A total of 27 time series datasets are included in the State and Trends of Australia’s Oceans Report (2019) and grouped into four themes. 

The four themes were not predetermined at the start of the process. Identification of the 27 time series included in the 2019 report was inevitably based on availability of data and willingness of subject matter experts to make time available for analysis. As the editorial team went through the process of synthesising outputs into a single report this four-theme structure emerged. Different thematic structures could evolve in response to user and stakeholder feedback.

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1. Physical and Chemical Environment

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2. Biological Productivity

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3. Water Quality

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4. Marine Animals

Overview of the Report

The 27 time series have brought together a plethora of information from around Australia. This section summarises the main findings from the time series by marine bioregion and other regional areas.

You can download a version of this map by clicking here, or on the image to the right.

The next steps

The State and Trends of Australia’s Oceans Report (2019) is a pilot product.

The concept emerged from within the IMOS community, and preparation of the report has been facilitated through one-off funding of an IMOS Task Team.

It is envisaged that updates of the State and Trends of Australia’s Oceans Report would be produced every two years, on a biennial cycle, timed to optimise potential for contribution to major reports and assessments carried out regularly at national, regional and global scales.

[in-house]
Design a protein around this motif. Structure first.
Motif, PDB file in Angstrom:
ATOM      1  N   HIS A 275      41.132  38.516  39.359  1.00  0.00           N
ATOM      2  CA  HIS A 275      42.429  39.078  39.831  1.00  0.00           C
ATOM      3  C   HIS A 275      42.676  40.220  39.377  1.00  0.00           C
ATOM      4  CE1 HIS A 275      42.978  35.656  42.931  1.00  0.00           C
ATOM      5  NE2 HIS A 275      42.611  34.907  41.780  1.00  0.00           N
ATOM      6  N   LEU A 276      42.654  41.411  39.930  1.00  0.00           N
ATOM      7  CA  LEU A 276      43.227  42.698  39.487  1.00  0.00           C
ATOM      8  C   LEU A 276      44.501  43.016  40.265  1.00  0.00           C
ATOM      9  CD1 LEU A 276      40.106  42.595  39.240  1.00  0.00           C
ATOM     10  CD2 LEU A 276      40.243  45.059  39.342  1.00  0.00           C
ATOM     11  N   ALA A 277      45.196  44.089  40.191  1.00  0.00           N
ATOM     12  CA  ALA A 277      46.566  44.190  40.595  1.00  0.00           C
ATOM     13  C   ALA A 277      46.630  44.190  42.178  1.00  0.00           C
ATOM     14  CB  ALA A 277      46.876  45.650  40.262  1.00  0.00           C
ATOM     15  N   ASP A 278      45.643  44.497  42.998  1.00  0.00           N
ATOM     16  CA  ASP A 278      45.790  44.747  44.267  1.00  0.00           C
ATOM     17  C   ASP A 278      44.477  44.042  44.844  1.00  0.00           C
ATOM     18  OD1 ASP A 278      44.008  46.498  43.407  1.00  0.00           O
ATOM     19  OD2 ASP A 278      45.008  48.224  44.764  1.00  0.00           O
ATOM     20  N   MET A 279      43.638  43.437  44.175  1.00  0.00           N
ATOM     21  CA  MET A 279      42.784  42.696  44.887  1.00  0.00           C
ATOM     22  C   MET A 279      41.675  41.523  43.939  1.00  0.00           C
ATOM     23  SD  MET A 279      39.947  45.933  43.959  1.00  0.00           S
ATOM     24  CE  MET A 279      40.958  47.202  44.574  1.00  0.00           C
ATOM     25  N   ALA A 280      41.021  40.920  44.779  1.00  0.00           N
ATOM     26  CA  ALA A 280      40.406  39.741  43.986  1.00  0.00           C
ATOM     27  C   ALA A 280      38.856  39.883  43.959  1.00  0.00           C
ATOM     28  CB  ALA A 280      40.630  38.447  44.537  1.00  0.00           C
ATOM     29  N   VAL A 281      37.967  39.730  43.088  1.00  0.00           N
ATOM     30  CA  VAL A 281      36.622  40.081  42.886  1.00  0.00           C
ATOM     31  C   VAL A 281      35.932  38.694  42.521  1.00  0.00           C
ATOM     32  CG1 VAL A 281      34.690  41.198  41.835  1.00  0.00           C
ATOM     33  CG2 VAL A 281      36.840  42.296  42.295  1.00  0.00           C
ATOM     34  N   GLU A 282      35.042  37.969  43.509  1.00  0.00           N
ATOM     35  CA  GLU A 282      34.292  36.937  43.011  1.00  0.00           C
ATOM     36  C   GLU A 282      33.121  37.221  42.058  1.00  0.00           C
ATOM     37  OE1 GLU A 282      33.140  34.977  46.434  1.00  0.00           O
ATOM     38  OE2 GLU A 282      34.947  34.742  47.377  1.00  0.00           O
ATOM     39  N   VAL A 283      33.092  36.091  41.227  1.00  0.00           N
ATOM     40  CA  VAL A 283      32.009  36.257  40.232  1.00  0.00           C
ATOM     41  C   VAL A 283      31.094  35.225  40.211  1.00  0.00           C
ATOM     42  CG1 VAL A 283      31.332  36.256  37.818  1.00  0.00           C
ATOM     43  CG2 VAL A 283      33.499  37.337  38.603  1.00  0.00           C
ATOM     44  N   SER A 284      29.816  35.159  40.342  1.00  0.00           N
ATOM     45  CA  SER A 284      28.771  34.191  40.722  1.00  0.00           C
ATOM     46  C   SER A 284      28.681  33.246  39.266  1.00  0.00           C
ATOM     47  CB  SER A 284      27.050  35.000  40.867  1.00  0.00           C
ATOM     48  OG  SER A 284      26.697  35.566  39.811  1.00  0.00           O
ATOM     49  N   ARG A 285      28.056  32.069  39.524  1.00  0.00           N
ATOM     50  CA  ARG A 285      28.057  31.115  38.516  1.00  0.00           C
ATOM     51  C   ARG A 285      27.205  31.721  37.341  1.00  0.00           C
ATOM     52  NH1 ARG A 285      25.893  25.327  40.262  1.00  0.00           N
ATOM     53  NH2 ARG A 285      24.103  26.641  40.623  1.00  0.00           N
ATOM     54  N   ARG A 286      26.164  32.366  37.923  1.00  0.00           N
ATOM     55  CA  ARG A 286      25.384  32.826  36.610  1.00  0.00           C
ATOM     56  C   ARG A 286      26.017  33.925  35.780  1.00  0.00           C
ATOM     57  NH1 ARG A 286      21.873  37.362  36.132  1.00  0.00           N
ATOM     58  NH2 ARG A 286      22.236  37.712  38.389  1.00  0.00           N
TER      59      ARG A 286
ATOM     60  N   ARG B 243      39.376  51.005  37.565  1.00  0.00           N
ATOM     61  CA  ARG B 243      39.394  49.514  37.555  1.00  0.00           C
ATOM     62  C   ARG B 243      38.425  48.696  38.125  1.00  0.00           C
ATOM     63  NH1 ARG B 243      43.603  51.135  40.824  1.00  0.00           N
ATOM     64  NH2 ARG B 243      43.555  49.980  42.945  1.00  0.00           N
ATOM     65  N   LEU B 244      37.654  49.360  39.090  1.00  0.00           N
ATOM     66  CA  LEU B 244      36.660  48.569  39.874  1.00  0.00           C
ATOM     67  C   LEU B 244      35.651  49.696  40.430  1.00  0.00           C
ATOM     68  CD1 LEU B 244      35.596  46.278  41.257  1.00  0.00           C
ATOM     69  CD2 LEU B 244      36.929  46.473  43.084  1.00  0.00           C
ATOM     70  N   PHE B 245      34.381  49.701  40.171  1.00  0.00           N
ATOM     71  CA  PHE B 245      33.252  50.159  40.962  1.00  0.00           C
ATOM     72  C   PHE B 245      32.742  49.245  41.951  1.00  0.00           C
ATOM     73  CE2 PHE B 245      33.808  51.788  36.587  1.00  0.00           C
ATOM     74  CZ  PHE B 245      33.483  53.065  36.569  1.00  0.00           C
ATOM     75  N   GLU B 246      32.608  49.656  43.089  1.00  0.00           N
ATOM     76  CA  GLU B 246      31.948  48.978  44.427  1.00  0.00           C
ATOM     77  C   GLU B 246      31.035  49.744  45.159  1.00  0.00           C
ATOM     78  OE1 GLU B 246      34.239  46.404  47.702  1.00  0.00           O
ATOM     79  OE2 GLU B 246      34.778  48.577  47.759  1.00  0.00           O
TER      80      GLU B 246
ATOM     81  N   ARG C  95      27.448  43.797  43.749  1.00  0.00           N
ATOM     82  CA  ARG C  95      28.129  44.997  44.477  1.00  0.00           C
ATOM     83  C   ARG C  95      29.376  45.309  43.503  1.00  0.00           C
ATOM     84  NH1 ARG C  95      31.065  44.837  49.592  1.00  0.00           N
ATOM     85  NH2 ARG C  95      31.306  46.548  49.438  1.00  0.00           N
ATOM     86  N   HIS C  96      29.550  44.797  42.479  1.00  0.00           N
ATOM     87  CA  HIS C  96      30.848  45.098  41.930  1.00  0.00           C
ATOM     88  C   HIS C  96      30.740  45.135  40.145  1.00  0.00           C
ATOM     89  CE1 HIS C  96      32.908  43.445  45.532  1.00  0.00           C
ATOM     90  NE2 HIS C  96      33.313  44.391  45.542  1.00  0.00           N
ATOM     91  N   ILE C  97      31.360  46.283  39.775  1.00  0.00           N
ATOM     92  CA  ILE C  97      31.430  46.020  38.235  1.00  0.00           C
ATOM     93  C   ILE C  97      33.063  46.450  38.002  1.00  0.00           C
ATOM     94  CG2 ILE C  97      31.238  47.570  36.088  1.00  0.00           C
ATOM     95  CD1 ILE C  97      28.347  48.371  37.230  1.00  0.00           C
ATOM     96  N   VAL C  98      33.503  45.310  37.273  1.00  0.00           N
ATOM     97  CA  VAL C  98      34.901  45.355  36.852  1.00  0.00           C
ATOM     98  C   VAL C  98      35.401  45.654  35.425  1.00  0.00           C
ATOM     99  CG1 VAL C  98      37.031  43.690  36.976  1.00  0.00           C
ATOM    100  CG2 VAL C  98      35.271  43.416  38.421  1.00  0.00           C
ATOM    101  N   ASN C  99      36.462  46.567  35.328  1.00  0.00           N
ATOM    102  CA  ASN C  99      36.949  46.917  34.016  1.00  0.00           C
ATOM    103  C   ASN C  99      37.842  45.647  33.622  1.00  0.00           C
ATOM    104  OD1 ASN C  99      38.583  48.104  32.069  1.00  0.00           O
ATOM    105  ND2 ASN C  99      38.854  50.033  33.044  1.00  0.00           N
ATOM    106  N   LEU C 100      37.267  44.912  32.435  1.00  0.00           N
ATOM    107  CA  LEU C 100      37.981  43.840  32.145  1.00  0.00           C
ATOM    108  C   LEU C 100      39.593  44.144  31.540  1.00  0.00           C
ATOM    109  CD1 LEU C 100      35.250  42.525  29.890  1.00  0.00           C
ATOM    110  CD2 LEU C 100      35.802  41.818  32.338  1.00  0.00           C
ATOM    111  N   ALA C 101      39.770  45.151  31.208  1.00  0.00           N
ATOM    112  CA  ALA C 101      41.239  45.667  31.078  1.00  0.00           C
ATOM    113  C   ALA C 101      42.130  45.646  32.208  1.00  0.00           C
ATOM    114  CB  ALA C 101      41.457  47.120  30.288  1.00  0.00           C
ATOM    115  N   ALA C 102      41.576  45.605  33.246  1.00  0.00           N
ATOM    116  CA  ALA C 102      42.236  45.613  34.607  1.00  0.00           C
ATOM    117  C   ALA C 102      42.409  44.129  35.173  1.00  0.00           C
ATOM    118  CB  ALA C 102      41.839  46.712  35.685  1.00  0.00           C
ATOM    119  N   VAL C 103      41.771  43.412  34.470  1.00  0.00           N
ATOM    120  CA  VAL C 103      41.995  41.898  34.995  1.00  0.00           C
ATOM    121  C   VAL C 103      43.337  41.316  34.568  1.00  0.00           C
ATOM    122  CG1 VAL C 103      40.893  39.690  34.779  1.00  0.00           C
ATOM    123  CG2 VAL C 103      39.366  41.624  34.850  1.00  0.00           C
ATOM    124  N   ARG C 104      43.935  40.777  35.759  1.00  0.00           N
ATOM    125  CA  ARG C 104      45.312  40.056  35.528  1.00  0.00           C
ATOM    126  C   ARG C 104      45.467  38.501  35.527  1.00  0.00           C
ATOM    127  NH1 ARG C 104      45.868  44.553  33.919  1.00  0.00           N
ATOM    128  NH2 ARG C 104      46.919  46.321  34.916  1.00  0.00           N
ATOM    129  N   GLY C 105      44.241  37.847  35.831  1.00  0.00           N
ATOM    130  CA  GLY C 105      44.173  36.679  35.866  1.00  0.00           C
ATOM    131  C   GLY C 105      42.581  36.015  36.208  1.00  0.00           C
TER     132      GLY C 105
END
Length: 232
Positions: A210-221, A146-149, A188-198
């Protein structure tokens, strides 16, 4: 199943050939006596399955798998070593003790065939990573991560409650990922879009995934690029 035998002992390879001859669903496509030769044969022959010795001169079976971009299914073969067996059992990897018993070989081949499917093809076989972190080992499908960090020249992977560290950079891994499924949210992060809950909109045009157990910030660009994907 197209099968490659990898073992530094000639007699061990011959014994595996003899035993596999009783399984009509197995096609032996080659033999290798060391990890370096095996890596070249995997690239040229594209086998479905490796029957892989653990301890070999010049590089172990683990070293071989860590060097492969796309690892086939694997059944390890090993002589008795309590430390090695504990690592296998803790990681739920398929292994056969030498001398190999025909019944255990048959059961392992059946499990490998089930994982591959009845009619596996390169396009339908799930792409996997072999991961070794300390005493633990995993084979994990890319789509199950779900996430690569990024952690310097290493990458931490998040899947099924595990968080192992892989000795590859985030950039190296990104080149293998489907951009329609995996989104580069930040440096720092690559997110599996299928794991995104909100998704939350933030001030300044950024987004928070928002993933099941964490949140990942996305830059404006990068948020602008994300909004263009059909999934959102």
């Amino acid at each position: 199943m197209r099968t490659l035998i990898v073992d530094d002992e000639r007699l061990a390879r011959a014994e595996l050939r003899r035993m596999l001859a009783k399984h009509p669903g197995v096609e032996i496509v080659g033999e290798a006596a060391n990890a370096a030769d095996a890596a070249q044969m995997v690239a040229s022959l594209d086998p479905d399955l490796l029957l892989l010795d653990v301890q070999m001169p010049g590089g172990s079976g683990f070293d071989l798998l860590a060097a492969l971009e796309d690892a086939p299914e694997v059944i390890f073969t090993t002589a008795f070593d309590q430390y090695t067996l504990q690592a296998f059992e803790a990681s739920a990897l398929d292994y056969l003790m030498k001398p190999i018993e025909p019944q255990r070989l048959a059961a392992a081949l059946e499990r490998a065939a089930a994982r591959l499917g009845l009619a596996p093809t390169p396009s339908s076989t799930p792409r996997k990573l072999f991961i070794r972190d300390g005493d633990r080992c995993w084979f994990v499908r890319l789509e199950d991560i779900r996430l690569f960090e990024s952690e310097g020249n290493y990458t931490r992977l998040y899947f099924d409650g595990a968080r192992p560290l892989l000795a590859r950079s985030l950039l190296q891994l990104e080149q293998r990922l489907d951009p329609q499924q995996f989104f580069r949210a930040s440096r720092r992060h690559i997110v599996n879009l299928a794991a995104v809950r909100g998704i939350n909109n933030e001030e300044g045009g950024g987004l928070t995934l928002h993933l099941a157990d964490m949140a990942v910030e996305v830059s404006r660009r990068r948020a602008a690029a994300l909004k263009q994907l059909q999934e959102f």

Feedback on the first report from the Australian marine management and policy communities is therefore critical to determining next steps. The provision of feedback on this report will be facilitated by the IMOS Office, and stakeholders are encouraged to engage in helping to develop the concept.

For example, the next Australian State of the Environment (SoE) Report will cover the five-year period from 2017 to 2021. Whether or not data and analysis from the State and Trends of Australia’s Oceans Report series are used in SoE 2021 will provide one indication of utility.

The large team of over 70 scientists involved in preparing the report found it an interesting and useful process. Many lessons were learnt along the way and any future reports will benefit from this experience. We are confident that the resources required to produce these reports on a routine basis could be marshalled if there is sufficient user and stakeholder demand for the product.

Download the State and Trends of Australia's Ocean Report

Citing the report: 

Richardson A.J, Eriksen R, Moltmann T, Hodgson-Johnston I, Wallis J.R. (2020). State and Trends of Australia’s Ocean Report, Integrated Marine Observing System (IMOS).

Citing the Report

Richardson A.J, Eriksen R, Moltmann T, Hodgson-Johnston I, Wallis J.R. (2020). State and Trends of Australia’s Ocean Report, Integrated Marine Observing System (IMOS).


The State and Trends of Australia's Ocean Report was supported by IMOS. IMOS gratefully acknowledges the additional support provided by the Commonwealth Scientific and Industrial Research Organisation (CSIRO).

The State and Trends of Australia's Ocean website is maintained by IMOS.



Australia’s Integrated Marine Observing System (IMOS) is enabled by the National Collaborative Research Infrastructure Strategy (NCRIS). It is operated by a consortium of institutions as an unincorporated joint venture, with the University of Tasmania as Lead Agent.